Friday, November 30, 2012
Last week I ripped my calf muscle and will be incapacitated all winter. I have a wrapped leg, boot and a walker to get around. Some days the muscle is in such spasm, I can barely move. As a result, our schedule has changed completely. I now do rehab in the pool very day for 60-90 mins, always with one of the kids while the other is in school. That is a very long time for a little body (theirs) to be in the pool. Yesterday, we unintentionally did an interesting experiment with food, partially due to our new schedule. I have always suspected that what Alex eats affects his neurological function, far beyond the sugar highs that parents recognize in their children when they eat sweets. Since Alex's first seizures, we have tried to keep him on a higher fat, lower carb diet. It is hard to attribute behavior changes to food intake, but observationally, the change in diet seems to work. Yesterday, we proved it further, this time with such certainty that I am now the world's greatest proponent of high fat diets in kids with brain injuries. Although I packed a healthy high fat diet for Alex's lunch, I also included popped chips and other high carb options. Throughout the day, he consumed mostly high carbs, low fat foods, and had spent over an hour swimming hard in the pool. Around 2pm, the minute we walked into the house, he started to melt down. The meltdown lasted a good 30 minutes and he was totally out of control. It was one of those meltdowns that appear neurological, as though Alex has lost all control of his brain. I thought about what he had eaten that day, and decided I better feed him some fat. I cooked two eggs in 2 tbs of butter, and added half an avocado with olive oil and salt. Still sniffling and fussing, he devoured the meal, along with a glass of whole milk. Within minutes, he returned to normal. Our sweet, peaceful Alex came back and he went on with his play. We didn't have a single other issue all day. I recently learned of a grant application with the NIH to examine the effect of exercise and nutrition in children with traumatic brain injuries. I hope the NIH funds this one, even though I feel any parent who has tried diet and exercise to improve physical and neurological function in their child with TBI needs no study to prove their positive discoveries. It would be nice to have a study to document the benefits of non-pharmaceutical therapies in children with neurological challenges. I wonder how that might change school lunch programs and PE, for all children.
The Ironman went about as well as it possibly could have, given he bare minimum that Erik and I had trained for it. We finished, long after dark and into the cold, but we raced the entire race together. We had lots of time to catch up with each other on the run. Nothing like a 6 hour run to give you alone time with your spouse. Not all of the spouses racing together that day crossed the line holding hands, but Erik and I did. With hands held high and tears in our eyes, we crossed the line and listened as Mike Rielly announced our names and donned us an "Iron couple." Pretty moving, and one of those moments we will have to think about as we grow old and decrepit. The day before, Alex and Izzy participated in the Ironkids 1 miler. Tis is such as great race for the kids. We saw tremendous improvements in both of them over the Ironkids race they did in Utah in May. For one, Izzy participated this time. Ad second, Alex ran the entire race without walking, a sign of his increased endurance. As always, we tell our kids they won because they participated. They got awesome medals. Alex brought his to share day this week and had the chance to tell about his great race. What a confidence builder.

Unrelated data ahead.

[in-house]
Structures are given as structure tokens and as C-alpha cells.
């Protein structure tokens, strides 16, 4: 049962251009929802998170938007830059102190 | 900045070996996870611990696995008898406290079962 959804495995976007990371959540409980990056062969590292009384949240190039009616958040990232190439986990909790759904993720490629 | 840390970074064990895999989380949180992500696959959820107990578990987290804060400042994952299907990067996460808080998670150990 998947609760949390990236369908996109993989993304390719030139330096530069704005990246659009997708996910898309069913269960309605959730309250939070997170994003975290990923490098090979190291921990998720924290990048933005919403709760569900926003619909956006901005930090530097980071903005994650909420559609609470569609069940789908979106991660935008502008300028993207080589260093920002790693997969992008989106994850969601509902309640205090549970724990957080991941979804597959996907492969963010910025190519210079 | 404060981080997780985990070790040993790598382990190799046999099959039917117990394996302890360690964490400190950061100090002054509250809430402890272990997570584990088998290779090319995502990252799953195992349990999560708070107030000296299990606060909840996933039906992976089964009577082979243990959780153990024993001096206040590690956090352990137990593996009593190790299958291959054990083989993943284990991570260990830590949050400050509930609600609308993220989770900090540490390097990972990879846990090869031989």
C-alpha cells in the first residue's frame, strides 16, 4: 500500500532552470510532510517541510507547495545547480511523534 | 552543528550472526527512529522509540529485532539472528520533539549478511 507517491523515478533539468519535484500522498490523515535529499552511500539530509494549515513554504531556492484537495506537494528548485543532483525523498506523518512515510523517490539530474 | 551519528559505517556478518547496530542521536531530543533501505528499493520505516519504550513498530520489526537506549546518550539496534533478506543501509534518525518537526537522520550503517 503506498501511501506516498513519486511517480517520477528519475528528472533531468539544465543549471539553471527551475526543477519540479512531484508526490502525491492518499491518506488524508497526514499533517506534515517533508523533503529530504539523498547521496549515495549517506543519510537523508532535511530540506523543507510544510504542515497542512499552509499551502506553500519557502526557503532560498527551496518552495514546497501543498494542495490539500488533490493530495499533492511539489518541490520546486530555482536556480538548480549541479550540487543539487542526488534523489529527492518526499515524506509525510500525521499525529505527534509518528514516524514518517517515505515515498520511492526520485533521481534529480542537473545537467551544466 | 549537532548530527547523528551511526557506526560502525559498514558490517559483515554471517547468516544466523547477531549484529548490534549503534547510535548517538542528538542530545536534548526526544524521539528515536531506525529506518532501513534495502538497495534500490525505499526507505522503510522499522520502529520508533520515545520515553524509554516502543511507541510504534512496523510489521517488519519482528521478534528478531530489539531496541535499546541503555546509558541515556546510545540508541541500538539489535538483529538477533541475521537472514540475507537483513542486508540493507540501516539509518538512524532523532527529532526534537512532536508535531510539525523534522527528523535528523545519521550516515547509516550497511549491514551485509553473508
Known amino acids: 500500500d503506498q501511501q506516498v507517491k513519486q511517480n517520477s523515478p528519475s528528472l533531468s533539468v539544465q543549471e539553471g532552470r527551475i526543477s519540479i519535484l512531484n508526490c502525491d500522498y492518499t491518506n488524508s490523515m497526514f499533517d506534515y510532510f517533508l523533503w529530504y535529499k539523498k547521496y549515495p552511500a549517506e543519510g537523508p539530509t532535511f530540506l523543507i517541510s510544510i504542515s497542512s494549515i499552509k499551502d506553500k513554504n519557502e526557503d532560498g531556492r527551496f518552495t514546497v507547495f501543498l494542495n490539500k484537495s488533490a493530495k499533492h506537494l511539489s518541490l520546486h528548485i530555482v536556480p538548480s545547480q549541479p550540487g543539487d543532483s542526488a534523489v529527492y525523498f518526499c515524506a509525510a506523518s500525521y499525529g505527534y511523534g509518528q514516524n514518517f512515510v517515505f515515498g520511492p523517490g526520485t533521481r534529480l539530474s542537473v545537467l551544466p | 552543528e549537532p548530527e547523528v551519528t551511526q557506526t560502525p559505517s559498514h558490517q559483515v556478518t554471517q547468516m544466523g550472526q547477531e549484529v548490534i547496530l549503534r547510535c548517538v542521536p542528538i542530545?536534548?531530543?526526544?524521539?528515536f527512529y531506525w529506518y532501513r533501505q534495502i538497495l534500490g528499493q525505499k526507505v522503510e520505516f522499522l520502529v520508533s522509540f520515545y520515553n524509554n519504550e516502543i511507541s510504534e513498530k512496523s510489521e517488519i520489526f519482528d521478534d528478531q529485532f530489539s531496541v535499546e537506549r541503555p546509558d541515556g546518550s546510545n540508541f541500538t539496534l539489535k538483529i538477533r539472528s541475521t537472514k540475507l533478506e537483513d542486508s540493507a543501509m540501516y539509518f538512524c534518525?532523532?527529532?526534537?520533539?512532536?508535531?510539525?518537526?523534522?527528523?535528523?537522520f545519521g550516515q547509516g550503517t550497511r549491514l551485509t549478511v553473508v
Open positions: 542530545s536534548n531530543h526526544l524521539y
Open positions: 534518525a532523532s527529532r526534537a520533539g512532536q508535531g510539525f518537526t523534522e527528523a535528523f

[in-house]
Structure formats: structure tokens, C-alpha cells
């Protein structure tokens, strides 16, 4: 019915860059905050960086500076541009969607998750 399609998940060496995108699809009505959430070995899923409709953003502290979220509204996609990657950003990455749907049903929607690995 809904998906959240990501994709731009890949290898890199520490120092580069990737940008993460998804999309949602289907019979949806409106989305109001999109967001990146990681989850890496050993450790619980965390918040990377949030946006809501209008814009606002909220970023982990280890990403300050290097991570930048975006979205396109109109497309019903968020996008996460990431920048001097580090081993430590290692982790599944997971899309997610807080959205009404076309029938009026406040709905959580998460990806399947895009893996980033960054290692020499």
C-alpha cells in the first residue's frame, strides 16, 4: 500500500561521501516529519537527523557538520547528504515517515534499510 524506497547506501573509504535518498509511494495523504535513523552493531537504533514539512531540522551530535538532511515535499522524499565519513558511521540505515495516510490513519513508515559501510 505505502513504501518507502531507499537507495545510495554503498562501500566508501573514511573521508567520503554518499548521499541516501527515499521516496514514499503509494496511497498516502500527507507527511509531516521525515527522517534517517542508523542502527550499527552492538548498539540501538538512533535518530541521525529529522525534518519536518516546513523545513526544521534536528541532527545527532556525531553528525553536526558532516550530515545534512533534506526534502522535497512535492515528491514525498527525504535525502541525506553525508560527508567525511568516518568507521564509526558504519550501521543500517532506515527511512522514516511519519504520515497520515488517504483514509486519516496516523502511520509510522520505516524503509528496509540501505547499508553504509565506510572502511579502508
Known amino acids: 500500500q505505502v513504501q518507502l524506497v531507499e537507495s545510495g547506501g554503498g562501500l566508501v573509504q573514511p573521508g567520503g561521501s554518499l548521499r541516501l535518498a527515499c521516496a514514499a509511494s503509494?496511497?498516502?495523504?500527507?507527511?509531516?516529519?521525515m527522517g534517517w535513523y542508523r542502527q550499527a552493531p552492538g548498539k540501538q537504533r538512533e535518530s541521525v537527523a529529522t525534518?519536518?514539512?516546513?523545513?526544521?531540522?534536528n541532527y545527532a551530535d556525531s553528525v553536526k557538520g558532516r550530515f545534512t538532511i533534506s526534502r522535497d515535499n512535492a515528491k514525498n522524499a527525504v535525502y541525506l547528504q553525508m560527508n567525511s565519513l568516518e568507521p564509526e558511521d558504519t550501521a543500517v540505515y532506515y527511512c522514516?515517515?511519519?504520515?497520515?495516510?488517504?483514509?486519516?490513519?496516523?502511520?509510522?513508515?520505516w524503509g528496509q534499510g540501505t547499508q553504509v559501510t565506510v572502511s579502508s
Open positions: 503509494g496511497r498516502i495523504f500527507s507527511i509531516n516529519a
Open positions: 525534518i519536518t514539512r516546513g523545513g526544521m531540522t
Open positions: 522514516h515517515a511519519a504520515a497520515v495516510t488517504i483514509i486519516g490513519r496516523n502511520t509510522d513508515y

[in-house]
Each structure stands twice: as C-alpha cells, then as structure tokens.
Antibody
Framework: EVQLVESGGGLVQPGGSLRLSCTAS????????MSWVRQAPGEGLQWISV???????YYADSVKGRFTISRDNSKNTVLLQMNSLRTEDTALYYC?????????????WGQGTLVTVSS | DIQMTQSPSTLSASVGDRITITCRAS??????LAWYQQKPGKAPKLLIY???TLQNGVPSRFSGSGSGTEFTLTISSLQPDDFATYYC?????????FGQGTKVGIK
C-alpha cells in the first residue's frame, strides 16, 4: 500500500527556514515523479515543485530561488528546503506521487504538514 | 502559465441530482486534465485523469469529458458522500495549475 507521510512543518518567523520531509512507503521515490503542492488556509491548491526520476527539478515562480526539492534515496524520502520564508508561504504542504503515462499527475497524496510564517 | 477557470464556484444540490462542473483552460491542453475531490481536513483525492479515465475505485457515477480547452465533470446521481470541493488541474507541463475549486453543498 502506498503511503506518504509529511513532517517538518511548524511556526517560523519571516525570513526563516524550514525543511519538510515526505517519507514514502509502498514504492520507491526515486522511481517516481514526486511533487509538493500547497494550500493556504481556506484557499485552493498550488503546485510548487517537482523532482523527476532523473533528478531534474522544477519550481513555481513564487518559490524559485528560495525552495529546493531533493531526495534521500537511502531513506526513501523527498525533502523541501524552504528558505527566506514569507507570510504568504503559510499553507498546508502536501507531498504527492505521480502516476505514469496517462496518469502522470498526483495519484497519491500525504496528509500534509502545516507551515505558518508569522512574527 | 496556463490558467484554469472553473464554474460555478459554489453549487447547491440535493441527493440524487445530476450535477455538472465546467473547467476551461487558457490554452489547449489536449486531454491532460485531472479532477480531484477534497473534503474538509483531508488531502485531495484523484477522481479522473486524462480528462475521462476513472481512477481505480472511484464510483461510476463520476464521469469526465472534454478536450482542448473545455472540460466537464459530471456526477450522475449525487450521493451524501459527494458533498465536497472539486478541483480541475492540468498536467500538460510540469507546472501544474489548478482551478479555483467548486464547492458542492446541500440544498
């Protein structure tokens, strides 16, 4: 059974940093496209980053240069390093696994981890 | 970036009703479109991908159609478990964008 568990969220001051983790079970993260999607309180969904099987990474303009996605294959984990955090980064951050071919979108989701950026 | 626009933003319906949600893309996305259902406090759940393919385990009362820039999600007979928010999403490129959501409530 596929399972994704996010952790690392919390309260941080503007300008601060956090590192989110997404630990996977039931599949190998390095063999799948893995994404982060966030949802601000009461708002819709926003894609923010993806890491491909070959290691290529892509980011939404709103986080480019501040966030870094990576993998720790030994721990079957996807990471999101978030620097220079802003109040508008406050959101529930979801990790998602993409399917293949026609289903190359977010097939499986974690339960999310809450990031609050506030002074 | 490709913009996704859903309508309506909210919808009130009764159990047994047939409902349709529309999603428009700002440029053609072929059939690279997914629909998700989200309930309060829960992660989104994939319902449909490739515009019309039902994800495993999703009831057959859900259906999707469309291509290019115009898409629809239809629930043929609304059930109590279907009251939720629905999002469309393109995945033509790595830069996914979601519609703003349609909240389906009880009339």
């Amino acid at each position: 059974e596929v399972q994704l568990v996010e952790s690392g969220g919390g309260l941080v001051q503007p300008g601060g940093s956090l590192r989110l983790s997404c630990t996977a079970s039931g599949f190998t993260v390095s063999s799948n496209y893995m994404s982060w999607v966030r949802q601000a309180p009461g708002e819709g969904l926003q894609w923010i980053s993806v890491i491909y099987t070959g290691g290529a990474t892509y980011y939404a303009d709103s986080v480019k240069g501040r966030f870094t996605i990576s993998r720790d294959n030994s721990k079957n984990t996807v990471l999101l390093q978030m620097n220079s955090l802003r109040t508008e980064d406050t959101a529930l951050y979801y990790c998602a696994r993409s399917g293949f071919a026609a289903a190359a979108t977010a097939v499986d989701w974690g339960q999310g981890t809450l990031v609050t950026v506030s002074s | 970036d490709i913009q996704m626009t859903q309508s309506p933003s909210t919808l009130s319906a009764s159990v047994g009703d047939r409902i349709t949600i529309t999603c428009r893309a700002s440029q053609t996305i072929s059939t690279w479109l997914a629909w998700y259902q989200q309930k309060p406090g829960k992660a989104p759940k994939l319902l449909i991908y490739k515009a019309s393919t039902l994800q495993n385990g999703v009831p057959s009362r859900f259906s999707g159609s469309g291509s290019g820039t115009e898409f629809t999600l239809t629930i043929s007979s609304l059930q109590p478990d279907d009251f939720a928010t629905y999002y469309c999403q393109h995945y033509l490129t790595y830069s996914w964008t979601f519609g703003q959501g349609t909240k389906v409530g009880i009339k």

Tuesday, November 13, 2012
So much has happened in the last two weeks, and here is a very slim recap. The Big Brad Ultra 50 Miler was BRUTAL! Only 10 people finished, which included 2 women (I was not one of them). The first woman hammered the race so hard, I am in complete awe and wonder what she eats for breakfast. When I hit mile 35, I was past the time limit for that stage and so was pulled off the 50 and entered in the 35 mile race, in which I took second, behind the woman who won the VT 100 last year. We both had gotten lost on the 50 mile course, repeatedly, and so she dropped out at 35. I barely hobbled across the line at 35, and had no intentions of going another step. Then Hurricane Sandy hit us hard, here on the CT shore. Our shoreline was crushed. Made the downpours during the Big Brad Ultra look like nothing. We were fine since we sit on 14 foot stilts. We are thankful, and respect our good fortune. Now we are headed to Ironman Arizona, most likely our last race of the season. This is Erik's first Ironman and we hope to finish, safe and sound, together. I am going into this race incredibly undertrained and will be just cruising on my happiness for simply being our there on a long course. Hopefully the legs will hold up with my good humor. Alex and Izzy will race the Ironkids one miler the day before, which is always a highlight of the weekend. Our values this week are Optimism and Determination. I believe we will need a heavy dose of both.